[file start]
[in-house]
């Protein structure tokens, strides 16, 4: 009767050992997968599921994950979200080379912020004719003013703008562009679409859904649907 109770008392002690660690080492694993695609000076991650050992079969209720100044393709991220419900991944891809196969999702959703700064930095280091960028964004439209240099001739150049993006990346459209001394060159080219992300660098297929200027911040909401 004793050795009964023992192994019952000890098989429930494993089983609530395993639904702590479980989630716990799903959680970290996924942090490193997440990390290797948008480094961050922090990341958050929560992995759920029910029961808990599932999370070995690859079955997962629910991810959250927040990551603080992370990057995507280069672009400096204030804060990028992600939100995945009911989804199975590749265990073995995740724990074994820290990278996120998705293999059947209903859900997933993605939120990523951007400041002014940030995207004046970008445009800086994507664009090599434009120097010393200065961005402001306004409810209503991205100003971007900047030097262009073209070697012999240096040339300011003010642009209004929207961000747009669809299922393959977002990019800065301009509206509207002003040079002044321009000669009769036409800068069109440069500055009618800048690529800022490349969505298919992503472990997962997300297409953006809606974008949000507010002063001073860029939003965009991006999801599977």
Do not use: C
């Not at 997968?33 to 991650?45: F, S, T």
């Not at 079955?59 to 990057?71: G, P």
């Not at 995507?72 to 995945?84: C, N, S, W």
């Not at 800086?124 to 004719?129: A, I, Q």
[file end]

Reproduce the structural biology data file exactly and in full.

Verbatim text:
[in-house]
């Protein structure tokens, strides 16, 4: 009767050992997968599921994950979200080379912020004719003013703008562009679409859904649907 109770008392002690660690080492694993695609000076991650050992079969209720100044393709991220419900991944891809196969999702959703700064930095280091960028964004439209240099001739150049993006990346459209001394060159080219992300660098297929200027911040909401 004793050795009964023992192994019952000890098989429930494993089983609530395993639904702590479980989630716990799903959680970290996924942090490193997440990390290797948008480094961050922090990341958050929560992995759920029910029961808990599932999370070995690859079955997962629910991810959250927040990551603080992370990057995507280069672009400096204030804060990028992600939100995945009911989804199975590749265990073995995740724990074994820290990278996120998705293999059947209903859900997933993605939120990523951007400041002014940030995207004046970008445009800086994507664009090599434009120097010393200065961005402001306004409810209503991205100003971007900047030097262009073209070697012999240096040339300011003010642009209004929207961000747009669809299922393959977002990019800065301009509206509207002003040079002044321009000669009769036409800068069109440069500055009618800048690529800022490349969505298919992503472990997962997300297409953006809606974008949000507010002063001073860029939003965009991006999801599977």
Do not use: C
């Not at 997968?33 to 991650?45: F, S, T």
């Not at 079955?59 to 990057?71: G, P």
């Not at 995507?72 to 995945?84: C, N, S, W």
């Not at 800086?124 to 004719?129: A, I, Q």